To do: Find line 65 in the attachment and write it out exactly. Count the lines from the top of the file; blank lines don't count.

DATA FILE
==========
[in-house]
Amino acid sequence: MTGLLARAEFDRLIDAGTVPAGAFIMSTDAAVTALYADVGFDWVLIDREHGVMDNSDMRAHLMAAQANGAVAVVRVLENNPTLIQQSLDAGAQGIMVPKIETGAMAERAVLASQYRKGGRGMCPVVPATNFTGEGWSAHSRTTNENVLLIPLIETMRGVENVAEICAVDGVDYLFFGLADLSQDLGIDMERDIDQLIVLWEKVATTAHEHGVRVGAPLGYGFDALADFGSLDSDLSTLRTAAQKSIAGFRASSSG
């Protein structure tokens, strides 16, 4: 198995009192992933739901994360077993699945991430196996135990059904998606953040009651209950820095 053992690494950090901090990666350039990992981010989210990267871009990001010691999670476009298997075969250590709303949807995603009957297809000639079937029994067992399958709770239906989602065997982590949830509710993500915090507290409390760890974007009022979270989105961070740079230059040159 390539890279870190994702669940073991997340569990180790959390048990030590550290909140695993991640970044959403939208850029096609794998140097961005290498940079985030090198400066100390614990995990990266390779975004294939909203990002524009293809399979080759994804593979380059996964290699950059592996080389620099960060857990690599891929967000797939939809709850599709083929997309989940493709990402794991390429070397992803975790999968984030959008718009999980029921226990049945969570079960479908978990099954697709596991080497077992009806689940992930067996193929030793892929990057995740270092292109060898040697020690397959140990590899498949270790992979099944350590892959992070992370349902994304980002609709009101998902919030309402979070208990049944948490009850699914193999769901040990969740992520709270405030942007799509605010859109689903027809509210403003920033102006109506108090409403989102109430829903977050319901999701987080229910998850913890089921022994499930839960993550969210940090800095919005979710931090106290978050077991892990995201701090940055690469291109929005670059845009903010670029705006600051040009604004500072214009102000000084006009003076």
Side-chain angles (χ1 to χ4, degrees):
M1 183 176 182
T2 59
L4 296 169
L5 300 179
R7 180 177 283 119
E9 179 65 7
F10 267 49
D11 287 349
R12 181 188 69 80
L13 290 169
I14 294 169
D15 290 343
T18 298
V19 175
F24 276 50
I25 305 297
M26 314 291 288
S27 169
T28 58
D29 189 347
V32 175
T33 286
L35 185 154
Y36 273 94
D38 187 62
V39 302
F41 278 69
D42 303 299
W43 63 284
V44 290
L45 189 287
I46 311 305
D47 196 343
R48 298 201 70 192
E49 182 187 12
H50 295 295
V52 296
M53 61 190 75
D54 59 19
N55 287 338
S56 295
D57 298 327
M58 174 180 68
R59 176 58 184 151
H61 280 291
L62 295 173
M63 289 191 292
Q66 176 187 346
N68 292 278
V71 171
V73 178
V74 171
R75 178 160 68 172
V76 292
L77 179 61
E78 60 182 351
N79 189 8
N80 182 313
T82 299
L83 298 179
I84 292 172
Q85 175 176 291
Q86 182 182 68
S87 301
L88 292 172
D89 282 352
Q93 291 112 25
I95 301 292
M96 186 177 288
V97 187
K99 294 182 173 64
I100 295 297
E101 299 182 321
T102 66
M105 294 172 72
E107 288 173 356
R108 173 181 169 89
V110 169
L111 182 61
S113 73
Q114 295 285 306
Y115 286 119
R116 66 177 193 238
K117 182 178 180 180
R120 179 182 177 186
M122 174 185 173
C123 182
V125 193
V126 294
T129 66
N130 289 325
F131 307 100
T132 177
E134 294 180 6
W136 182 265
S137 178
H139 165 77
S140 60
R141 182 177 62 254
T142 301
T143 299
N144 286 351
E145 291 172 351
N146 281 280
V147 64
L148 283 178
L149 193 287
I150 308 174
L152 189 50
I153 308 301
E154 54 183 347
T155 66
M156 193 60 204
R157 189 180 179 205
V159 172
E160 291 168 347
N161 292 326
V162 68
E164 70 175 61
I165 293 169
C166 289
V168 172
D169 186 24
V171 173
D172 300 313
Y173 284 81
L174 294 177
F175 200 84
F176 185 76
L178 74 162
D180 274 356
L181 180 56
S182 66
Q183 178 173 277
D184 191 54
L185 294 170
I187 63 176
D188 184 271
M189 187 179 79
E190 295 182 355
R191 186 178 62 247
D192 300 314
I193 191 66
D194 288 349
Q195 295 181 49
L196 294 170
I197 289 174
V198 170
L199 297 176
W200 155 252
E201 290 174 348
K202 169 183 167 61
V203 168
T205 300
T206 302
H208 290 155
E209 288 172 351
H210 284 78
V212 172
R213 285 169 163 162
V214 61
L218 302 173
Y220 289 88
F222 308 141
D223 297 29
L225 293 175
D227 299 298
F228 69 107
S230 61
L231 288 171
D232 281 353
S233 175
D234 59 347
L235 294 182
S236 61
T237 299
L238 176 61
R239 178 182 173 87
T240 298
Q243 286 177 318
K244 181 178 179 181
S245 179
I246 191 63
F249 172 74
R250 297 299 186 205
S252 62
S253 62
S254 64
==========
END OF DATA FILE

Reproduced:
I84 292 172